Class A horse showing all the best qualities in breeding, conformation, ability and stamina.
Clean-legged Without feathering on the lower legs.
Clerk of Scales A racing official whose responsibility is to sequester all jockeys each racing day, check their assigned riding weights versus their actual weights, report all changes and weigh all riders out and in from races.
Cleveland Bay Breed of horse. Originating in England as a carriage horse. Increasingly popular for crossing with Thoroughbreds to produce versatile sport horses used in a number of equine sports.
Clocker Person responsible for accurately timing the workouts of a horse. These times are published for the benefit of the public. All workouts are taken during the morning training hours.
Clubfoot An extremely upright hoof with a very broken-forward pastern-hoof axis. May be caused by flexor deformity. In extreme cases, the digit may be folded back, with the animal bearing weight on its dorsal surface. In congenital club feet, the slope of the heels is usually more upright than that of the toe.
Clydesdale Breed of heavy horse originating in Scotland and used for heavy draft work.
Coach Horse A powerfully built horse, capable of drawing a heavy coach.
Cob A type of horse, rather than a breed, a cob is a horse of stocky appearance, well-adapted to carrying heavyweight riders in all circumstances.
Coffin bone The major bone within the hoof, shaped like a miniature hoof.
Coffin joint Lowermost joint of the leg located where the short pastern bone meets the coffin bone and the navicular bone within the hoof.
Coldblood The name used to describe the heavy European breeds of horse descended from the prehistoric Forest Horse.
Combined Training Equestrian competition held over one or three days and including the disciplines of dressage cross country and show jumping. Also known as Eventing
Common digital extensor tendon Main extensor tendon in the front leg. It passes down over the front and slightly to the outside of the leg and attaches to the long pastern, short pastern and coffin bone. The widest point of attachment is at/on the extensor process of the coffin bone. It is joined on each side of the pastern by branches of the suspensory ligament. It is responsible for extending the leg.
Compensation Adjustments a horse makes to try to keep an even gait despite a sore or lame leg.
Condition The qualifications or eligibility rules for horses to be entered into a race. Also a term used to indicate a horse is ready to race.
Condition Book A booklet written by the Racing Secretary and published for the horsemen by the racing association usually every two weeks, which lists all races, conditions and other information pertinent to the race meet.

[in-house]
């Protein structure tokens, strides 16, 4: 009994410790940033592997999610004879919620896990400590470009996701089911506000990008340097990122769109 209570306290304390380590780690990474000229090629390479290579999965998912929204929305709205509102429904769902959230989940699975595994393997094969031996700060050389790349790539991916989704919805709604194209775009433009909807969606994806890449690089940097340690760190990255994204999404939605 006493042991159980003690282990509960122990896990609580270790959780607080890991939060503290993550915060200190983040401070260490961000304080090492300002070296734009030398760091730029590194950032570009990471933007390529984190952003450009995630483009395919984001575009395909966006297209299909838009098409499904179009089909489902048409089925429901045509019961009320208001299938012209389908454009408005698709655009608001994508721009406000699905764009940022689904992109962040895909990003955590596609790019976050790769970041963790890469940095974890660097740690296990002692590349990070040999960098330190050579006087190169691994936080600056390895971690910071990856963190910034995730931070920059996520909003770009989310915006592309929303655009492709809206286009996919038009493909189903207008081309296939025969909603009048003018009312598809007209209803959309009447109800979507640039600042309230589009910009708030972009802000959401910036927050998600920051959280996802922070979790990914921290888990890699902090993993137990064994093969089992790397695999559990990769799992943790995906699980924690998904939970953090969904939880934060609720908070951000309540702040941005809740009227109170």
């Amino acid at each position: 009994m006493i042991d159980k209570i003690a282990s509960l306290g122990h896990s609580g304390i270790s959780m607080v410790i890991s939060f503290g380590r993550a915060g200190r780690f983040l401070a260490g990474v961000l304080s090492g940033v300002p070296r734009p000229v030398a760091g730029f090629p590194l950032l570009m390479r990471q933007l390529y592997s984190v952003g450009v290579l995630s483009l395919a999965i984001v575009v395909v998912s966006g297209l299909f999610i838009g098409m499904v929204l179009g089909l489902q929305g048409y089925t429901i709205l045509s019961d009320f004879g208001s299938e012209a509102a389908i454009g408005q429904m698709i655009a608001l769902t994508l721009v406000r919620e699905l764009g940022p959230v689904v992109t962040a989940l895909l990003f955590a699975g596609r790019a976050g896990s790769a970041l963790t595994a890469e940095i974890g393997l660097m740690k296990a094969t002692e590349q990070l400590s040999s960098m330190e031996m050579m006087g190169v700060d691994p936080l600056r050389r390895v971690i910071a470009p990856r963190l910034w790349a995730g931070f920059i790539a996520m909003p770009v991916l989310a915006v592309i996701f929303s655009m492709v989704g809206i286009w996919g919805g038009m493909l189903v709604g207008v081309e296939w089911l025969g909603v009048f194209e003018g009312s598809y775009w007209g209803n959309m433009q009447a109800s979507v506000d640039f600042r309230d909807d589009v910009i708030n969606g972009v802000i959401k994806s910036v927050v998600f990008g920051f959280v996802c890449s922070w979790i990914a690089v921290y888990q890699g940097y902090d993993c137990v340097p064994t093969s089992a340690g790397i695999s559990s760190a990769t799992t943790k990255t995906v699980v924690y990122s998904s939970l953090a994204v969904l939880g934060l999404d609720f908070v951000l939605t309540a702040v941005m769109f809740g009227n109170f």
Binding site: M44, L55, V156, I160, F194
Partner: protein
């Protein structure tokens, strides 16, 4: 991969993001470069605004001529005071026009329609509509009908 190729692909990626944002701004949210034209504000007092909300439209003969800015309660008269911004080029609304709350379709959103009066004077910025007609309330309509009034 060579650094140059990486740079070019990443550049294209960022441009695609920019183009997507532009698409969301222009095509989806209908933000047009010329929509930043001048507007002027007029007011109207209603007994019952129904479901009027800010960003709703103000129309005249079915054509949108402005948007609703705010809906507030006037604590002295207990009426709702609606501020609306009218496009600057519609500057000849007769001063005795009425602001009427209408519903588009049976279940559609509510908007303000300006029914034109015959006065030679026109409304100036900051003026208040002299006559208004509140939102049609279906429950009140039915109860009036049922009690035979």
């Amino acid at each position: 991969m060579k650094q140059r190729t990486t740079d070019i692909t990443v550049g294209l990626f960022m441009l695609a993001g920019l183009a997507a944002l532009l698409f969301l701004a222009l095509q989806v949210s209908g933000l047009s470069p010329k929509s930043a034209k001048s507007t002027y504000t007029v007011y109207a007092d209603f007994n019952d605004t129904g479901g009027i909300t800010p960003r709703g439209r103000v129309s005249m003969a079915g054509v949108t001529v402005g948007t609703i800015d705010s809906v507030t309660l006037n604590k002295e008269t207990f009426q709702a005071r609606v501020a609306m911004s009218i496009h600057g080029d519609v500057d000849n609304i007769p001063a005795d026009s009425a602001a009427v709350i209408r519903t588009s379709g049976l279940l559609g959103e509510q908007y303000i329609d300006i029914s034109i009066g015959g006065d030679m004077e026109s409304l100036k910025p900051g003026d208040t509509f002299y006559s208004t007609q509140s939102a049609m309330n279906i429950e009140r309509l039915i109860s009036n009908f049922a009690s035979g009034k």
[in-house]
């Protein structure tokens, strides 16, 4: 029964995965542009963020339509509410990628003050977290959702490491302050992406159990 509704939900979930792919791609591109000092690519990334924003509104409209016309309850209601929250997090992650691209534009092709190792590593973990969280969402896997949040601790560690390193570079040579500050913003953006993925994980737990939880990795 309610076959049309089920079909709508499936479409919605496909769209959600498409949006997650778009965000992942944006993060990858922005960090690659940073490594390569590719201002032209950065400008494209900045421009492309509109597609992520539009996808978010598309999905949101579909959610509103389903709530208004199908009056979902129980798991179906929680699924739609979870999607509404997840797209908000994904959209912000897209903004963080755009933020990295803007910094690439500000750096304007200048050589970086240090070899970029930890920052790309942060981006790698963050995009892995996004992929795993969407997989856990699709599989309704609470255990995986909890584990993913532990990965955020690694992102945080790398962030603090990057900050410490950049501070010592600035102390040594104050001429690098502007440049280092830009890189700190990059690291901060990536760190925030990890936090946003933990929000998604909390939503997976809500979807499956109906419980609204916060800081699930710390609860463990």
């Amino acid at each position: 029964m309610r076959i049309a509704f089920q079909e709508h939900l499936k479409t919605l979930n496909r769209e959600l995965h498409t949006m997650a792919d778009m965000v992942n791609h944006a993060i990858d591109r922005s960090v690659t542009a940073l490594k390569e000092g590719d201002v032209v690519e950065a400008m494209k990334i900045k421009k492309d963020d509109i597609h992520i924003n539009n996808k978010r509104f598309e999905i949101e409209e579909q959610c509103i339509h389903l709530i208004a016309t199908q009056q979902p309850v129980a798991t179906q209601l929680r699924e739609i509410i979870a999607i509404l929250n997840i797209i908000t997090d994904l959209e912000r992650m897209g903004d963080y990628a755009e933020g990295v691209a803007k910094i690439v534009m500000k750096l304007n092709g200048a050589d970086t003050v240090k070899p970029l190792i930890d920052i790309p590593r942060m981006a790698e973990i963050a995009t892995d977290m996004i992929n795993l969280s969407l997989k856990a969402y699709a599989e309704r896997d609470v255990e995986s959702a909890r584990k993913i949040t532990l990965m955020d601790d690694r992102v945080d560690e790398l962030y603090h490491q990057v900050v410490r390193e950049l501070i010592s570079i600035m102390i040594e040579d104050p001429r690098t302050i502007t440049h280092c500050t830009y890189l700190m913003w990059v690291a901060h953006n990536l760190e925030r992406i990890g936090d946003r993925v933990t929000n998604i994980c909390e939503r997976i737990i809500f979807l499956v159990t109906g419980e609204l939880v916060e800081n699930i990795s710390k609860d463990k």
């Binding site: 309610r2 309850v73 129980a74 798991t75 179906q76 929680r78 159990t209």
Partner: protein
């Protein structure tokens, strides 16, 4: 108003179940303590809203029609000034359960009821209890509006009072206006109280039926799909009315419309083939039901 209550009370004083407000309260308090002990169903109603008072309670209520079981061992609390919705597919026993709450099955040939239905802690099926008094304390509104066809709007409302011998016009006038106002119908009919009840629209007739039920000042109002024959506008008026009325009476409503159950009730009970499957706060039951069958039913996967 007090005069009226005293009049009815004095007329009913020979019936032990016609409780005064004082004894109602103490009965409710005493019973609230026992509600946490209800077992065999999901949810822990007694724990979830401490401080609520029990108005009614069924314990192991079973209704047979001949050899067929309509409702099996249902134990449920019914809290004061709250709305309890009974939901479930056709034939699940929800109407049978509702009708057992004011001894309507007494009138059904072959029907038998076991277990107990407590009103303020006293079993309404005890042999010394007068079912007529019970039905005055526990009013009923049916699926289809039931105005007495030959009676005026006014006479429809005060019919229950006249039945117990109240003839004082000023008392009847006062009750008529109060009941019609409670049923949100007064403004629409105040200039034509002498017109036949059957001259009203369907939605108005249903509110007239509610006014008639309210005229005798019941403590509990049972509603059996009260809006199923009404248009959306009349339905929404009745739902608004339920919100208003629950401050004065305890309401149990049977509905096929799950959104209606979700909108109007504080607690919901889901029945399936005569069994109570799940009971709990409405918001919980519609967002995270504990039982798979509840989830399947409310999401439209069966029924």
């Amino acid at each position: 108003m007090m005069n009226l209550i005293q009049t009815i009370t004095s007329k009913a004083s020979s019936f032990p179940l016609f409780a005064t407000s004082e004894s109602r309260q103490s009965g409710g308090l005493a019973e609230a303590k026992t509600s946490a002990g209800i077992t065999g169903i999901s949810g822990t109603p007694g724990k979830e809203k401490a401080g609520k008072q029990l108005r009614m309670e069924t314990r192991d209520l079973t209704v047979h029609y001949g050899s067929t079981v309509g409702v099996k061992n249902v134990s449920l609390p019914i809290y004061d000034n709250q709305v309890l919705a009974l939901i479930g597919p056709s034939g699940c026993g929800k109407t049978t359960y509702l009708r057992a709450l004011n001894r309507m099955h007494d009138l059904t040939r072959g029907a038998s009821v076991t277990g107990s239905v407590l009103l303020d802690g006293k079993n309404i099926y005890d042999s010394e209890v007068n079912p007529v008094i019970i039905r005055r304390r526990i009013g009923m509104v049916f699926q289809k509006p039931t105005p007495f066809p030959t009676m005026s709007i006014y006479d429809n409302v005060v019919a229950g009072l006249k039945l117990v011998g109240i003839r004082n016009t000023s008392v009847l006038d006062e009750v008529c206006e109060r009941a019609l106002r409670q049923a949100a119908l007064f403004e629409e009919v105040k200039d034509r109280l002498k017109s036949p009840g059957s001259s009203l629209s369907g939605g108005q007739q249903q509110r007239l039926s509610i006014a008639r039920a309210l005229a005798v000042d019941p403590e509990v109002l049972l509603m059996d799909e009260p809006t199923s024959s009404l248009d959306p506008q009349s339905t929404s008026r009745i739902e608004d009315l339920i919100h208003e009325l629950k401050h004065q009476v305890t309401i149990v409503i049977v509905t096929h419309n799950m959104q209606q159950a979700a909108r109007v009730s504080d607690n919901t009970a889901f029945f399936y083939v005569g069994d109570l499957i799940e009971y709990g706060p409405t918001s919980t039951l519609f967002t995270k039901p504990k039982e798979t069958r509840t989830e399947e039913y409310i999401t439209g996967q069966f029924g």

Conformation Physical inherited construction of a horse. The overall way in which a horse is put together and also the relationship of specific parts of the horse in regards to its proportions.
Connemara One of the nine breeds of ponies native to the British Isles. Originating in Ireland.
Contracted heels Term describing condition in which the heels of the hoof are too close together and too upright for normal conformation of the hoof.
Contracted tendons Abnormal condition of the flexor tendons at the back of the leg preventing normal extension of the fetlock and or coffin joint.
Coon-footed Conformation fault in which, at rest the pastern is parallel to the ground.
COPD Abbreviation for chronic obstructive pulmonary disease, or heaves. Brought on by allergies and characterized by abnormal breathing pattern and reduced tolerance to exercise. See also broken winded.
Corium The deep tissue beneath the coronary band, which produces the horn.
Corn A bruise of the hoof sole between the wall and the bar, usually caused by leaving shoes on too long. Caused by: Concussion on hard surfaces, frozen rough ground, rocky terrain, gravel, etc.
Coronary band Area where hair stops and hoof growth begins at the bottom of the pastern.
Coronary coronet The hair surface of the coronet. Part of the hoof farthest from the basal surface of the hoof at any given point.
Coronary crack A sandcrack which starts at the top of the hoof and splits down.
Coupled Entry Two or more horses belonging to the same owner or trained by the same trainer are said to be coupled, as they run as an entry comprising a single wagering interest.
Cow hocked Medial deviation of the tarsal joints. Usually results tin toeing out with a base wide conformation.
Cracked Heels Inflammation of the heels, resulting in cracked skin and discharge of pus. A condition wherein the tissue covering the bulbs of the heels cracks open, leaving the heels susceptible to infection. Primarily caused by chronically wet heels due to moist footing. Also known as “mud fever.”
Croup Top line of hindquarters; rump.
Curb Thickening of the plantar ligament at the back of the hock, resulting in an enlargement below the point of the hock. Caused by: A rupture due to injury or strain.
Cut out under knee A horse with “cut out under the knees” has a cannon bone that while vertical is slightly towards the back of the knee, and not directly below the upper leg. Shelf knees is a synonym but over at the knees is not the same thing.
Cutting Pits a Horse against a cow in a battle of wills. Horse and rider must move quietly into a herd of cattle, cut one cow from the herd, drive it to the center of the arena and “hold” it away from the herd. The horse is scored on its ability to keep the cow from returning to the herd, cow sense, attentiveness and courage. There is a 2-1/2 minute time limit.


Daily Double A type of wager in which one must select the winners of two races in succession.
Dales Pony One of the nine breeds of horse or pony native to the British Isles. Originating from the Pennines, from Derbyshire to the Scottish border.